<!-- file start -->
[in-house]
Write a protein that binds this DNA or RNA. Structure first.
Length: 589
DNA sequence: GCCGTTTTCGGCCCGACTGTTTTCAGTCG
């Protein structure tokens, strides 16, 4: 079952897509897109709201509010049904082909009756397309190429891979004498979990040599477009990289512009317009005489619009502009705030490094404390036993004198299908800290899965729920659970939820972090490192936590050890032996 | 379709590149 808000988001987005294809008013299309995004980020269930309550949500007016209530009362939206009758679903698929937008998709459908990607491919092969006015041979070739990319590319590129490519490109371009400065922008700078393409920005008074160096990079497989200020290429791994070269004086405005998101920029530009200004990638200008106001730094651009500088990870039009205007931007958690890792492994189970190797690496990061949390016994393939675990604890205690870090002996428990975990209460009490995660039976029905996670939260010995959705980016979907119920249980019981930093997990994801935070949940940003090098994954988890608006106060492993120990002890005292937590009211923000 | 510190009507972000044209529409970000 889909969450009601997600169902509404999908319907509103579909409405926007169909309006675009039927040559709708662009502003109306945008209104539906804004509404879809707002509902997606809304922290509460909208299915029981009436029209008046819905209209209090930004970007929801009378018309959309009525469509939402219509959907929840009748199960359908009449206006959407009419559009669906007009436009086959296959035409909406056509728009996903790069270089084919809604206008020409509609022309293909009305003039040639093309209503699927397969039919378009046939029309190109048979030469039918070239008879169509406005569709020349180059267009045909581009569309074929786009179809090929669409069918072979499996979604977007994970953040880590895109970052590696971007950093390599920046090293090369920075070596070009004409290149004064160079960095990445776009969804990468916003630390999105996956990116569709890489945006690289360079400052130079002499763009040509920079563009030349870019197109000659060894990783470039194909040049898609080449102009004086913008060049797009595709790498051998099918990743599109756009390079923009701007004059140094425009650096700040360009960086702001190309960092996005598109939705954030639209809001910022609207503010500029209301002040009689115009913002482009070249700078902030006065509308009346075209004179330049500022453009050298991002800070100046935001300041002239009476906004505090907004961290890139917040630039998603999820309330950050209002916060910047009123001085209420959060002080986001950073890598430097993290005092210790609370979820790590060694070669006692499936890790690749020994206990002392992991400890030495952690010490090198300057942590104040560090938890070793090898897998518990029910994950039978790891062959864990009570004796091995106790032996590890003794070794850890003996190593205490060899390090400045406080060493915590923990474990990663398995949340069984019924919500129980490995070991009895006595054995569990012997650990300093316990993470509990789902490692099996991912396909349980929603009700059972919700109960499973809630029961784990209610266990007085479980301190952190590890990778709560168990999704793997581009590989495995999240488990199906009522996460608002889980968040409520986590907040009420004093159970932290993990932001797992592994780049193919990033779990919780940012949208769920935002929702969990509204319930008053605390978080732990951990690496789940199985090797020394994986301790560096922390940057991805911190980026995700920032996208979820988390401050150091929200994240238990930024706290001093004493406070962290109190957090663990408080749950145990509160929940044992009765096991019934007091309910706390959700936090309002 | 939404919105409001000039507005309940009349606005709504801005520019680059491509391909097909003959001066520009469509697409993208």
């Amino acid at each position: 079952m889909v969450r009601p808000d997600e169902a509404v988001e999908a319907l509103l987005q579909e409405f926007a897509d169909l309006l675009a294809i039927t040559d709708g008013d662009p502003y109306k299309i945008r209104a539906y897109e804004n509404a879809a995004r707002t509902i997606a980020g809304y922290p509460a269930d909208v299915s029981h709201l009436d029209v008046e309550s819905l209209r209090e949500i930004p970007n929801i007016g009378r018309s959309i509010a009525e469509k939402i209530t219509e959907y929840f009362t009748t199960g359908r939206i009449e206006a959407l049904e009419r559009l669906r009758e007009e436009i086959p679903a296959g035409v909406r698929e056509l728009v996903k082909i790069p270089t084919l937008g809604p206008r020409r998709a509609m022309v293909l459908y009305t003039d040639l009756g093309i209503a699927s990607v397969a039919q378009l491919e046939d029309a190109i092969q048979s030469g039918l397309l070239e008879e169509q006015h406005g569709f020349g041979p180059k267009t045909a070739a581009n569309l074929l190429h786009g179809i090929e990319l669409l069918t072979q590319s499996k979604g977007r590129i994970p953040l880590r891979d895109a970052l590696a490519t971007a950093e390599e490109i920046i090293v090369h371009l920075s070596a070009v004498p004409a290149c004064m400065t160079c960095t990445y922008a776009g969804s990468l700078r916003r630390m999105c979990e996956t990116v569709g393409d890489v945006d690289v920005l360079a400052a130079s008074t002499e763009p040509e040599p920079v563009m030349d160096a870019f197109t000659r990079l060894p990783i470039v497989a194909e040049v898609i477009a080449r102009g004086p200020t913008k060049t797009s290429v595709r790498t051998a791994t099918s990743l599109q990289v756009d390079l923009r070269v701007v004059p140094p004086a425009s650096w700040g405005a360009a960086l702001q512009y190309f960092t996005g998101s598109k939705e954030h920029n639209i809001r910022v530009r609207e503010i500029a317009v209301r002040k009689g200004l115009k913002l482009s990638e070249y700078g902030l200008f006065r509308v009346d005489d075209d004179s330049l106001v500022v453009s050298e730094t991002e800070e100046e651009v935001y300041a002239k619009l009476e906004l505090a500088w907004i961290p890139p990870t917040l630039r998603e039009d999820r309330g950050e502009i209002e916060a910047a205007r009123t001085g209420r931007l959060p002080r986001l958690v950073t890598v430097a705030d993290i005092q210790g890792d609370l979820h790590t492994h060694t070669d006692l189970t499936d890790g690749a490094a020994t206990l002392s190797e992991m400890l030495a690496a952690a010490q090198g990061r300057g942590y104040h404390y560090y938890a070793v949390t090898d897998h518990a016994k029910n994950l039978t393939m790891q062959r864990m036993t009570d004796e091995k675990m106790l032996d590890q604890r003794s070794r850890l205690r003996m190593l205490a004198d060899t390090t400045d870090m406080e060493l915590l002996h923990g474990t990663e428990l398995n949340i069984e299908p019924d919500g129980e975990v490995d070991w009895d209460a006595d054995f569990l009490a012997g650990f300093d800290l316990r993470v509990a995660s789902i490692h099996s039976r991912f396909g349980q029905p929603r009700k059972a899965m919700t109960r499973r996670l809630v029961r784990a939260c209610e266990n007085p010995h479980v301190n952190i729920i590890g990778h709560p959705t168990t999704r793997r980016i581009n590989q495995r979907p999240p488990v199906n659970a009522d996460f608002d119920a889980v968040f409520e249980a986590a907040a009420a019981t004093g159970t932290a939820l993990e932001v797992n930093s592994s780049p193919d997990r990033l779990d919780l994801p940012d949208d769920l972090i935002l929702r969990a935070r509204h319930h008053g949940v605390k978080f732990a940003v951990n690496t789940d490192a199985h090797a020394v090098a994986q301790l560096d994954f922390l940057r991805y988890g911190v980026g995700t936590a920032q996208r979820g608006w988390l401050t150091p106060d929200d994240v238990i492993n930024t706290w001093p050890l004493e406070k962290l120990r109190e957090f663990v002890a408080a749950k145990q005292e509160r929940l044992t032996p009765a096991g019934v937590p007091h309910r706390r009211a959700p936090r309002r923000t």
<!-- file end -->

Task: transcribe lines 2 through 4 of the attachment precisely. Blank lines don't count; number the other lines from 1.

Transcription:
Write a protein that binds this DNA or RNA. Structure first.
Length: 589
DNA sequence: GCCGTTTTCGGCCCGACTGTTTTCAGTCG